I’m happy to wear a face mask when I’m with people outside of my home “pod” and appreciate the infection control measures people around me, including my healthcare providers, take to keep us all safe. Masks are a simple, effective and crucial safety tool these days, but there is no denying that they can make it more difficult to communicate.
When the pandemic made mask wearing universal in healthcare settings, some clinicians began wearing photo buttons showing their maskless, smiling faces to help calm patients anxious for the connection and reassurance conveyed by a friendly smile. Face masks with a clear or transparent “window” that leaves the face visible have been available for some time but not commonly used. These transparent masks have now been studied in a randomized trial at outpatient surgical clinics, with useful lessons about communication and patient perceptions that may apply broadly to other healthcare settings.
In the study, just published in JAMA Surgery, surgeons whose faces were visible through clear masks scored higher in patient surveys than surgeons wearing opaque masks. When patients could see the surgeon’s face, they gave them higher scores for:
- Providing understandable explanations
- Demonstrating empathy
- Eliciting trust for surgical decisions
Surgeons at a U.S. academic medical center in were recruited for the trial by email and chosen based largely on their schedules to create a group of 15 with upcoming plans to meet new patients for initial clinic visits. Six of the surgeons were women, nine were men, and the group was racially and ethnically diverse. Seven surgical specialties were represented.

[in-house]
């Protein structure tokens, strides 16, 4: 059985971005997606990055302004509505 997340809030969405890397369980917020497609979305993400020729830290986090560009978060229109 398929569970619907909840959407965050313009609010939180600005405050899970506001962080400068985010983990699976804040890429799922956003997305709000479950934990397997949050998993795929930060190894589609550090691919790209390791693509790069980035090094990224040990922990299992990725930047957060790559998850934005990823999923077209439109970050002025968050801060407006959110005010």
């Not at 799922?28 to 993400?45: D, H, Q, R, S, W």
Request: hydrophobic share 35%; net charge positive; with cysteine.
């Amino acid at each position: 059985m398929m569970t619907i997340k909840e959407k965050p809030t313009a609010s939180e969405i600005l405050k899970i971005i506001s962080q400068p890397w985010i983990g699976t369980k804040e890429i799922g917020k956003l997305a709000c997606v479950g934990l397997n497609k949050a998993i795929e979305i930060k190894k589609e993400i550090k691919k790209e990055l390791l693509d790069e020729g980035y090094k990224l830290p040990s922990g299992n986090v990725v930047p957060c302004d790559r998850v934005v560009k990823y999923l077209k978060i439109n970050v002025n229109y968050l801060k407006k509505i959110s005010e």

Two hundred patients were enrolled in the study; half would be seen by physicians wearing clear face masks and half wearing opaque masks. Roughly half the patients were men and half were women; nearly two-thirds were white and one-third were Black. All patients were proficient in English, had no difficulty hearing, and were able to independently engage in medical decision-making.
Surgeons were randomized and told which style of face mask to wear for each patient. After the clinic visit, each patient was questioned using a modified version of a national survey tool for measuring the effectiveness of communication.
Patients gave the clear mask a unanimous positive rating compared to the opaque covering and gave surgeons wearing the clear mask significantly higher marks for having provided understandable explanations. Authors of the study point out the perceived difference in clarity of communication is likely related to non-verbal cues; it’s unlikely that the kind of mask worn affected the surgeon’s word choice. Additionally, patients reported being able to hear surgeons wearing the clear mask better, apparently due to lip-reading.
In an accompanying editorial, other surgeons observe that higher scores for empathy and trust given to surgeons in clear masks may say more about the downside of opaque masks than the added value of facial visibility. The editorialists offer that patients may associate a covered face with secrecy or a lack of transparency, “viewing the mask as a form of disguise or concealment.”
Surgeons in the study preferred the opaque mask, perhaps because they questioned the efficacy of the clear vs opaque mask, which was the familiar and accepted N95. The clear mask employed was approved for this application but not commonly used at this time. In response to this question, four of the surgeons did say that the patient’s preference would influence their choice of one mask over the other, so the effect of the study results on common practice remains to be seen.
This is the first in what should be a series of studies exploring the effects of policy revisions and social habits that changed suddenly in response to the pandemic and have now become part of normal practice. As surgeons and other clinicians plan for universal mask use to continue for the foreseeable future, this study provides useful information about what matters to patients, as well as the effect on communication.